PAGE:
Tag Archives: sketch

Obrigado Lisboa!

Second Time Around

This week I took my second trip to the city of Lisbon. Last time I visited as a tourist to take in a MotoGP race with two good friends, this time I was a guest of 3g Office at their 2015 Lisbon Workplace Conference. I flew over late afternoon on the Wednesday and took a couple of hours to reacquaint myself with the Bairro Alto, a beautiful historic district in the heart of Lisbon.

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Stranger On The Town

I was joined on Thursday morning by bright sunshine and Andy Swann, who was also in town for the conference.

Sunlight Over Lisbon

We enjoyed a lovely walk together before heading over to Microsoft’s new Lisbon offices for the conference. When we jumped onto the subway it was a warm sunny day, but by the time we got off it was hammering down with rain. Andy and I splashed around in unfamiliar territory getting absolutely soaked. We eventually found a taxi and jumped in, dripping wet. The driver took us to Microsoft, all of 150 metres round the corner! Sardines are a famous Portuguese dish, and Andy and I arrived into the conference hall as wet as any sardine swimming in the neighbouring river Tajo. It was a fun, albeit unusual way to make an entrance.

An Environment for People to Thrive

Andy spoke about the workplace as an environment for people to thrive. He was good humoured and positive in his delivery and took a nice gentle swipe at a few things too, including the mot du jour – ‘disruption’. I’m sure he will share thoughts on his session somewhere soon, for now – here are a few snapshots (sorry my iPhone camera really doesn’t cope in poor light).

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Most of the event was presented in Spanish, and I found it oddly interesting trying to interpret what was going on purely from the visual aids.

The Art and Soul of Better Work

I was on last and spoke about the art and soul of better work. The session was based on my work using art as a way of exploring how to make improvements in what we do, and some personal experiences related to the importance and power of getting to know one another better. As I practice this work more and more (to date almost 500 people have experienced Art for Work’s Sake), I am finding it a little easier to talk about it with sincerity and confidence. I still get nervous, and on reflection I could have shown more examples of real work done by real people in this space, and the session was really well received. Here are the visual aids I used – and if you click the link you will find some of my speaker notes and links to further relevant resources too.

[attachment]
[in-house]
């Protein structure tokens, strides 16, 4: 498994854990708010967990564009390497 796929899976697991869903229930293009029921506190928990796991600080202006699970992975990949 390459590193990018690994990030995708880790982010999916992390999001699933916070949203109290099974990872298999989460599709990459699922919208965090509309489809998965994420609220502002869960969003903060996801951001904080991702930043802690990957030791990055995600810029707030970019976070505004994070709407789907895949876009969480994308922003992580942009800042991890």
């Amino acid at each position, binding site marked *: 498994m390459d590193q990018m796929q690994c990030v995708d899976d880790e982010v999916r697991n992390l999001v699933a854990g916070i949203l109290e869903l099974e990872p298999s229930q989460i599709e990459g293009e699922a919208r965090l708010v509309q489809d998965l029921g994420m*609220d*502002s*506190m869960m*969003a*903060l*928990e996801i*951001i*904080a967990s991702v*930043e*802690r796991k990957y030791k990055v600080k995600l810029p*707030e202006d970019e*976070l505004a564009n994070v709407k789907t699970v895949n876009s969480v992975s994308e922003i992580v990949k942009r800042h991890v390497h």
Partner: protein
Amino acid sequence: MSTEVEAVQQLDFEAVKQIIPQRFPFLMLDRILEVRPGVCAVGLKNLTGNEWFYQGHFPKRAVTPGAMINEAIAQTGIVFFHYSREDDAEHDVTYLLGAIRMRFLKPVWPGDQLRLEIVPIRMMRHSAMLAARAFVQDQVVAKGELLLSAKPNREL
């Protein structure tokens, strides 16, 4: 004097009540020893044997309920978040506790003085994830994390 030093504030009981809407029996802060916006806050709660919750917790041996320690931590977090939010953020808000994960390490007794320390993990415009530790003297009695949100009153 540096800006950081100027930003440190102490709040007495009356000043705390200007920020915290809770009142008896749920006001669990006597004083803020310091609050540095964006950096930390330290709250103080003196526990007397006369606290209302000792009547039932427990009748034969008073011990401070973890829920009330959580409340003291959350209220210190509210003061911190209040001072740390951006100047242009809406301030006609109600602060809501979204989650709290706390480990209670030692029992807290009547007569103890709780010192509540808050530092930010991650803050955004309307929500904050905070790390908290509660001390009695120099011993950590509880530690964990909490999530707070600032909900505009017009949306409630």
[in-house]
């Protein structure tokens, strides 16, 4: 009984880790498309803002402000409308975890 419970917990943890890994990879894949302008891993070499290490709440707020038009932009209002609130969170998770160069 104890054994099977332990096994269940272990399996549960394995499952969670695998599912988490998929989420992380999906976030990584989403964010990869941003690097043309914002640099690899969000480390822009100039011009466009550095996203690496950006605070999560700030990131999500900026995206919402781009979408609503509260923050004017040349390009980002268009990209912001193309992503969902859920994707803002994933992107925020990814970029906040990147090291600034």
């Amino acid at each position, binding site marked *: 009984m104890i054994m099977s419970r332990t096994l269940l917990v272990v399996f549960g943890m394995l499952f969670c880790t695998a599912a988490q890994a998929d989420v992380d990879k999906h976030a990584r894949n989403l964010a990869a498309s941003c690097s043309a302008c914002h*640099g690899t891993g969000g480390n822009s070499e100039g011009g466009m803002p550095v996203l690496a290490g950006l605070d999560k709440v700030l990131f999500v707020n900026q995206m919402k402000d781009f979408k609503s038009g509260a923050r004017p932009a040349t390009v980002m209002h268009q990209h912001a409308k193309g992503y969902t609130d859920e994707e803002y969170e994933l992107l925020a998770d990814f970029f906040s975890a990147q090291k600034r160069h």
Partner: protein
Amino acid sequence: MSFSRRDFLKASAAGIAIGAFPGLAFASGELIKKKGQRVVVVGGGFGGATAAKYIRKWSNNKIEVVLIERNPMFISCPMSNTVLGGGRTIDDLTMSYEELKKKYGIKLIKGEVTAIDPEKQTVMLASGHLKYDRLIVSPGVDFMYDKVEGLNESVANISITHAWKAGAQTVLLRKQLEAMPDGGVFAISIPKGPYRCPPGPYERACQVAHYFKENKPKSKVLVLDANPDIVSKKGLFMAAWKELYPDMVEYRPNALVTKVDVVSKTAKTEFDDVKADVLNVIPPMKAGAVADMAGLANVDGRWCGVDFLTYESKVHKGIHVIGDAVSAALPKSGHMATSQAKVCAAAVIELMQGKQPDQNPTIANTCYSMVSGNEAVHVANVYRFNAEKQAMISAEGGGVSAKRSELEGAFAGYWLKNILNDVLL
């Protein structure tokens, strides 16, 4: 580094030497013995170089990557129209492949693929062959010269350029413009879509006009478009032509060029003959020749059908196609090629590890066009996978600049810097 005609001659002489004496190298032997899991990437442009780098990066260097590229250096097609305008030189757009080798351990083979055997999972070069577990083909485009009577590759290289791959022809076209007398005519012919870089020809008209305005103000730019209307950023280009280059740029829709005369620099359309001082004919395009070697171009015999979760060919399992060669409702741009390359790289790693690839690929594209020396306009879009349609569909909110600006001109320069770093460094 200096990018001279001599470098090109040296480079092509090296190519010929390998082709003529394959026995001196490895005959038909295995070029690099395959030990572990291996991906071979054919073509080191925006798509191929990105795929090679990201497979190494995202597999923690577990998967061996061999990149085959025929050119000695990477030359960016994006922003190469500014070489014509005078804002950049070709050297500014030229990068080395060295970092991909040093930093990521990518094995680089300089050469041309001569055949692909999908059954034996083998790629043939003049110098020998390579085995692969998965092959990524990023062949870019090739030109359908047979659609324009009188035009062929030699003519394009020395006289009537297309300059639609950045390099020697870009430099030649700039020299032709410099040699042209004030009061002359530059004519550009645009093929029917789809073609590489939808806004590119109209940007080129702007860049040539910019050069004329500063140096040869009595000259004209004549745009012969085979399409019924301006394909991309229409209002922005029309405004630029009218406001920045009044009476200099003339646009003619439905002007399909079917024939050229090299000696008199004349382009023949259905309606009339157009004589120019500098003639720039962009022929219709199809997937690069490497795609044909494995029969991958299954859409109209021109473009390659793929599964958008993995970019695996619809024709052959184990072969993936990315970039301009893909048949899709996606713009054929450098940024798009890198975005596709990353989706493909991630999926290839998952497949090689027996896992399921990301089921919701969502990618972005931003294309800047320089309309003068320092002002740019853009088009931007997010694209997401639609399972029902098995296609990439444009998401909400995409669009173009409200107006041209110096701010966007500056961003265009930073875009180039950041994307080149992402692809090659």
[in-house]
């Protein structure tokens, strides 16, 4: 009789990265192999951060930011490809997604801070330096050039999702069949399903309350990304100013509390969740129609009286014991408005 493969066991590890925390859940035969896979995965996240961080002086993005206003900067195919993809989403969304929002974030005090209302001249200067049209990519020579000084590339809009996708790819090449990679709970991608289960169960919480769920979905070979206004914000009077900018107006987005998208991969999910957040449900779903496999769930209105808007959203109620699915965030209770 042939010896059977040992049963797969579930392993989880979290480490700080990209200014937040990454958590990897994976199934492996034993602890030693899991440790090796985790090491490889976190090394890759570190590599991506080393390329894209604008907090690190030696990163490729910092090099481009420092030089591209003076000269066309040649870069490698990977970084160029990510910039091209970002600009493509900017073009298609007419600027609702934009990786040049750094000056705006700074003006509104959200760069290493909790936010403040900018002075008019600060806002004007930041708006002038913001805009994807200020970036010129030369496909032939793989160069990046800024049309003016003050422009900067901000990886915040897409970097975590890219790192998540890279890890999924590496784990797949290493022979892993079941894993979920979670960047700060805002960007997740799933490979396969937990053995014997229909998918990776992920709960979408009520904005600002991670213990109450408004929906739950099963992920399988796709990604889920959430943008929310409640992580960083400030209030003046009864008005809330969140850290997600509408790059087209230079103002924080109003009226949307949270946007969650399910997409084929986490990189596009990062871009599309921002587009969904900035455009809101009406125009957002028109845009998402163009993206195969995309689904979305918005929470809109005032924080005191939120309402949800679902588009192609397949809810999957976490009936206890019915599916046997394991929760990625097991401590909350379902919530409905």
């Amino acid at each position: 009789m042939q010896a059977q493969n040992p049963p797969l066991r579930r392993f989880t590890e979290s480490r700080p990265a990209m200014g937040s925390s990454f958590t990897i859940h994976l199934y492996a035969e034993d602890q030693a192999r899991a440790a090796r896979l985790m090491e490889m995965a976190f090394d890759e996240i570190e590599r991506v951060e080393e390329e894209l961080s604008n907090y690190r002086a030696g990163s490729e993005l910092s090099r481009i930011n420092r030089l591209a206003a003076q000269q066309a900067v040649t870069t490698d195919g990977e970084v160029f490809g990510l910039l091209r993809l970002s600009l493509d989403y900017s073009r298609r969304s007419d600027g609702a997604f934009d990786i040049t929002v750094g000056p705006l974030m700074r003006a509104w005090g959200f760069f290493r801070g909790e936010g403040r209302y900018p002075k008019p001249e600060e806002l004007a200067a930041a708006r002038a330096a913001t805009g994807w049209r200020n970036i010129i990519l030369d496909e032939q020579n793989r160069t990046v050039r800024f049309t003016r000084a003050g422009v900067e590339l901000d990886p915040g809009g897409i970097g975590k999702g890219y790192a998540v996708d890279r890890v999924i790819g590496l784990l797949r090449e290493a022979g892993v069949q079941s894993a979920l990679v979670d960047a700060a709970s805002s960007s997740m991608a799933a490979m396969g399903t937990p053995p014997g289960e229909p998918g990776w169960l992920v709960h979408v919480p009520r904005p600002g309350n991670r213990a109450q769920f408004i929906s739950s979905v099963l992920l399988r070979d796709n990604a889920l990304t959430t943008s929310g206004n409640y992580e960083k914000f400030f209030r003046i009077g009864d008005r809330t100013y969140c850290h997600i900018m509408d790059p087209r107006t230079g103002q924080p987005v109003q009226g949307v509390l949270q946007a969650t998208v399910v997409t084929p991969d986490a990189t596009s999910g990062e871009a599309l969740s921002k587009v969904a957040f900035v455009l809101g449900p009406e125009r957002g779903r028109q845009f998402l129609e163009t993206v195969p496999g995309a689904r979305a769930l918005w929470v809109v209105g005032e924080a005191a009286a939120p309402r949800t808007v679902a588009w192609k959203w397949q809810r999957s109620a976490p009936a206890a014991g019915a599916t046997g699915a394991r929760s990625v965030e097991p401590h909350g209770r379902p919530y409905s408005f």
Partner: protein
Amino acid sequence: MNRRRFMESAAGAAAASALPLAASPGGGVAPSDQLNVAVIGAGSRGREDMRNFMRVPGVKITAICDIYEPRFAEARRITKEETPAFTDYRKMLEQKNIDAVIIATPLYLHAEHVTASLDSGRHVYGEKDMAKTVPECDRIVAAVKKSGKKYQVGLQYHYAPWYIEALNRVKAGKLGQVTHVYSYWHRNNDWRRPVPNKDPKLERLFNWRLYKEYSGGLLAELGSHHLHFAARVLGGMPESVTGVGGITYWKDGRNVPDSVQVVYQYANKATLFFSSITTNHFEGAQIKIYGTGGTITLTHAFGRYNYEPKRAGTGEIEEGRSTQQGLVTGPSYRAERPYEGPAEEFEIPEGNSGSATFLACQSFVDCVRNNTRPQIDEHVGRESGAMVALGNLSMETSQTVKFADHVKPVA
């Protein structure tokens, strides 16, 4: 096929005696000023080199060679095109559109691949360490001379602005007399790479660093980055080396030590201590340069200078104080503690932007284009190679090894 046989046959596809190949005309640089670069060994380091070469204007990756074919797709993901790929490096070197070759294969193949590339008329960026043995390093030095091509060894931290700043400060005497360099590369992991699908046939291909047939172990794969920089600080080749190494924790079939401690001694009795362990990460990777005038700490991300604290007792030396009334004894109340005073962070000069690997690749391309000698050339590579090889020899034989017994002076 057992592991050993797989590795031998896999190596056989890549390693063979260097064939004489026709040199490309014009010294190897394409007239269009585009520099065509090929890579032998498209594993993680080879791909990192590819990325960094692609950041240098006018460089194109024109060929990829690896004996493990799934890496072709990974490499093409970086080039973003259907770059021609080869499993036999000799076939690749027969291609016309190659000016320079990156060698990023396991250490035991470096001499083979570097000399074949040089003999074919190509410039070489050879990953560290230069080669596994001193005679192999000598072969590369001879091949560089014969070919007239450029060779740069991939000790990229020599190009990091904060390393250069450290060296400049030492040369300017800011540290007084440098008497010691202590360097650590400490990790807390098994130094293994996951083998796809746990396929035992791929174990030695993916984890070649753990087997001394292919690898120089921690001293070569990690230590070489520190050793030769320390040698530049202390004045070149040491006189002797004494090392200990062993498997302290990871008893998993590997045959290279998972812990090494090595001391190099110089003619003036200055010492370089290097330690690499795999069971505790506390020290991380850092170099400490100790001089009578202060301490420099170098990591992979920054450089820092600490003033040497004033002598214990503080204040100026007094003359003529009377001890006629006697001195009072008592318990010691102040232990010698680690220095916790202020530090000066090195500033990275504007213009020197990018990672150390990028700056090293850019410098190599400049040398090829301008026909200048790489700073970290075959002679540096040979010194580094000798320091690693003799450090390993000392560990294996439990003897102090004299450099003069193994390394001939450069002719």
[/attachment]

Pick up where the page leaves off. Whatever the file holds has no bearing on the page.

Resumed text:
The art and soul of better work – Created with Haiku Deck, presentation software that inspires

After Hours

With the formal proceedings over everyone enjoyed some time to talk over a few drinks, before a few of us headed out to dinner. Prior to our departure I was fortunate to speak with Nelson Paciencia who kindly allowed me to share his notes from my session with you.

Conference Notes

Nelson is a talented artist – I encourage you to take a look at his work.

Dinner was great fun, and afterwards our hosts insisted we carry on into the night. We had a lovely evening and before I knew it, and with far too little sleep, I was back at the airport heading home.

To close – here is a very short video showing a few Lisbon highlights…

…and a lovely conference sketchnote, by Maria.

Conference Sketchnote

Art for Work’s Sake – Milton Keynes

After the success of Art for Work’s Sake in Euston a few weeks ago, we’re running another one in the new year. This time it will be taking place in Milton Keynes. Full details and how to buy tickets are shown below. There are a maximum of 16 places available, six have already been taken. It would be great if you can join us, and please tell your friends and colleagues.

Art For Work’s Sake

You are invited to Art for Work’s Sake, a workshop designed to help people explore art and artistry as a way of making work more effective.

During the workshop you will have the opportunity to try out a variety of drawing, sketching, painting and other art forms. These techniques will be combined into a series of methods designed to help you think more clearly and creatively about your day to day work.

A guest at our recent London workshop left saying, ‘It seems I can draw, despite 20+ years thinking I couldn’t! It only took 60 seconds to realise I can’. Despite this, the purpose of this workshop is not to turn you into an artist, it is designed simply to give you the time and space to explore a few new techniques to help you think differently at work.

Art for Work's Sake example sketch

All materials will be provided and you will get to keep all your work plus pencils, charcoal, a set of water colour paints and some high quality heavy duty cartridge paper.